The development of palpatory skills and ability to perform osteopathic treatments are initiated in the first- and second-year labs. This learning requires active participation in all laboratory sessions where students palpate and will experience palpation by their peers and instructors of both genders to enhance the development of their own palpatory skills. Each student will palpate a variety of people with different body types to simulate the diversity of patients expected in a practice setting. Fingernails must be trimmed so as not to impair palpation or cause discomfort to the person being palpated.

The osteopathic medical profession uses a variety of treatment models through which the student will learn the art, science and skills of osteopathic manipulative treatment. Psychomotor skills are developed by repetition and reinforcement. Reading and observation, while helpful in understanding the didactic concepts, do not develop the skills required to perform palpatory diagnosis and manipulative treatment. Each student is required to actively participate in all skill development sessions.

Dress Code in Osteopathic Principles and Practice Laboratories

The dress requirement in clinical skills training sessions is designed to promote learning by providing optimal access to diagnostic observation and palpatory experience. Wearing inappropriate clothing interferes with a partner's experience of diagnosis and treatment.

Appropriate attire must be clean and includes:

  • Shorts which are several inches above the knee - (no jean shorts, cut-offs, cargo, thick-seamed shorts, spandex, short shorts or knee length shorts)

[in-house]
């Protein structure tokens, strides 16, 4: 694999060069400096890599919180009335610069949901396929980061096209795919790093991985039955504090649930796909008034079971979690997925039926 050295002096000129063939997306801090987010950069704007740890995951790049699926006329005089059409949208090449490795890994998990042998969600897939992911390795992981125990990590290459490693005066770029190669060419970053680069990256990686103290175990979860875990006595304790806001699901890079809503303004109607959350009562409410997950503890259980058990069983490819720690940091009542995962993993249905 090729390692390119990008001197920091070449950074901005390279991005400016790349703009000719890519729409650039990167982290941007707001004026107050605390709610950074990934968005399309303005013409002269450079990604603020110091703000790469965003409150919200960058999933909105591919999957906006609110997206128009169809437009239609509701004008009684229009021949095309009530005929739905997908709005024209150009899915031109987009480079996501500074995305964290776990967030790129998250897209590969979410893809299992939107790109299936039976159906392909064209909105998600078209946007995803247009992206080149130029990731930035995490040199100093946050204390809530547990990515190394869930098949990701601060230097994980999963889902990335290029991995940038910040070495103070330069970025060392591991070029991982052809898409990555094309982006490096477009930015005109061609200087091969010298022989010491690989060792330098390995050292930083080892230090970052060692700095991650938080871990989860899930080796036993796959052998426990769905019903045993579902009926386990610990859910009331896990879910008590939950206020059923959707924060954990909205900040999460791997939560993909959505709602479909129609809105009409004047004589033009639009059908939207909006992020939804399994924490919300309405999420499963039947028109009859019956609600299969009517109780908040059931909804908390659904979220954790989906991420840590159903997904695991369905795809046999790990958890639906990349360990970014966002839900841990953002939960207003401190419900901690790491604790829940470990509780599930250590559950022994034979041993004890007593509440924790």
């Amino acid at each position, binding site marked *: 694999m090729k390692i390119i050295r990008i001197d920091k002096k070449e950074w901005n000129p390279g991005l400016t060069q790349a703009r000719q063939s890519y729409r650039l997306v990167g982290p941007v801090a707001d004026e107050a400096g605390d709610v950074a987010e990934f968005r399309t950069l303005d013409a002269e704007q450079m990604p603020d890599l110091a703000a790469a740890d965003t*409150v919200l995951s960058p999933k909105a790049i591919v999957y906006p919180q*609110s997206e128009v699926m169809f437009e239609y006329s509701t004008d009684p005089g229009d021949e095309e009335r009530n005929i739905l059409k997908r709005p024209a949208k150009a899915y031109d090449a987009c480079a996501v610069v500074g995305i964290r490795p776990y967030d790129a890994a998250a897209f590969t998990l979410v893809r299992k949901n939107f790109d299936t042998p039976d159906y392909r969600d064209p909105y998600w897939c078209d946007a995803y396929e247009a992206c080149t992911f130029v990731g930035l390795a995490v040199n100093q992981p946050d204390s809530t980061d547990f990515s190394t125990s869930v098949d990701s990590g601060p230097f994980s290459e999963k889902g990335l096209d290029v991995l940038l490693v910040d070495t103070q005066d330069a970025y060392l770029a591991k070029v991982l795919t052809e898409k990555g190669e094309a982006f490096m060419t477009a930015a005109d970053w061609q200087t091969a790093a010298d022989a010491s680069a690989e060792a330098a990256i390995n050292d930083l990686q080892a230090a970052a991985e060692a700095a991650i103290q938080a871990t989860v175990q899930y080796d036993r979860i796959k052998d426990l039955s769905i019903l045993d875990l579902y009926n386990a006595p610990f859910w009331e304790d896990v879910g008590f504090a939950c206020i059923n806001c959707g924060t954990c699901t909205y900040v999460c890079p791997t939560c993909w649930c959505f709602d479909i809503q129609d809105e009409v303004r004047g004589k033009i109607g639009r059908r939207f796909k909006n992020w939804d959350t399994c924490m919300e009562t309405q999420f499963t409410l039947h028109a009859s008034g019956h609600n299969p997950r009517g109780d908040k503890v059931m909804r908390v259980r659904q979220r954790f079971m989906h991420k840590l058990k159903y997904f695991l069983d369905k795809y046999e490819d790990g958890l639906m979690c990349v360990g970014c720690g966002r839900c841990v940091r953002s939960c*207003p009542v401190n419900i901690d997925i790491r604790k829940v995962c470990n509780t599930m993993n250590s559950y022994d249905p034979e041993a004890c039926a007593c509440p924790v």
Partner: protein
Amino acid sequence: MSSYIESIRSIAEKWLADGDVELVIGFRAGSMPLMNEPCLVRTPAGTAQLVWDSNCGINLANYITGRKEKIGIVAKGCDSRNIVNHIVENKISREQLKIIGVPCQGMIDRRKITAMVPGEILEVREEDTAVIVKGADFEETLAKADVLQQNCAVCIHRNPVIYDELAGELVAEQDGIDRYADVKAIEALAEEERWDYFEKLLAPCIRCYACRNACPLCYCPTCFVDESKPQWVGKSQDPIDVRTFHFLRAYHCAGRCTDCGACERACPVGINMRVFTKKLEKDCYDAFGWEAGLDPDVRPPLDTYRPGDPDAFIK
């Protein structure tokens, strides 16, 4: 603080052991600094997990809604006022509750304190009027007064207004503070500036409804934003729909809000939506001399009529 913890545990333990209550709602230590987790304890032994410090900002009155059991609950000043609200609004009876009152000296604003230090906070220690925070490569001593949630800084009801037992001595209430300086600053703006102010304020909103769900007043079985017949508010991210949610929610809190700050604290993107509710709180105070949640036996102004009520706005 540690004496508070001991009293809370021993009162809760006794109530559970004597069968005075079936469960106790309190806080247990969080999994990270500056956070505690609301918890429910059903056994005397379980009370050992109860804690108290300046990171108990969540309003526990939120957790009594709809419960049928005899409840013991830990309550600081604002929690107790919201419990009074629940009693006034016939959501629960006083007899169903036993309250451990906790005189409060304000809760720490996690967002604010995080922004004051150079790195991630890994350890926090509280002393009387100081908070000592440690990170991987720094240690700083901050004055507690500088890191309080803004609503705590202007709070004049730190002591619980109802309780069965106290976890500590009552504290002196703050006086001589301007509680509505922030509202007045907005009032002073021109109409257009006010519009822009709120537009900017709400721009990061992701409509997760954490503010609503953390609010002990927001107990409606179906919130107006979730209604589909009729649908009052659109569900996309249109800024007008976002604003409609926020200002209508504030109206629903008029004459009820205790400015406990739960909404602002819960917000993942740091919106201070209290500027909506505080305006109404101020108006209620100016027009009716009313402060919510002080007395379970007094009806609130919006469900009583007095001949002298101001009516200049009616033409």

• T-shirts - If not wearing the OPP-approved t-shirt with a slit up the back, both genders will be asked to remove t-shirts while acting as patients.
  • Bras or bathing suit tops for women with thin straps - these should expose the spine and ribs (not wide t-back styles).
  • Students may wear scrubs (or other apparel approved by the course director) over the laboratory attire when not in the role of the patient.
  • When in the role of the patient, each student is expected to remove her/his shoes (no shoes are permitted on the tables).
  • Hats or head coverings (other than for religious purposes) are not permitted in lab.
  • Religious head coverings must be modified when necessary to allow palpation when they would obscure the immediate area to be examined or treated (e.g., head, neck, upper back). Modifications can include: adjustment of the covering permitting unobstructed palpation beneath the covering; or substitution of a thinner material that allows for adequate evaluation and treatment.
  • Each student must be appropriately attired before class begins. Failure to be appropriately attired for class impedes the educational process and will not be tolerated.

Any student with a pre-existing health problem that may preclude examination and/or treatment in a clinical skills laboratory is required to submit a written request for limitation and/or exclusion to the department chair (or designee) and present appropriate medical documentation. A physician member of the department will review this information on a case-by-case basis, and may require additional diagnostic measures. The department member reviewing the case will determine any limitation or exclusion from participation, and the student will be notified in writing of the decision.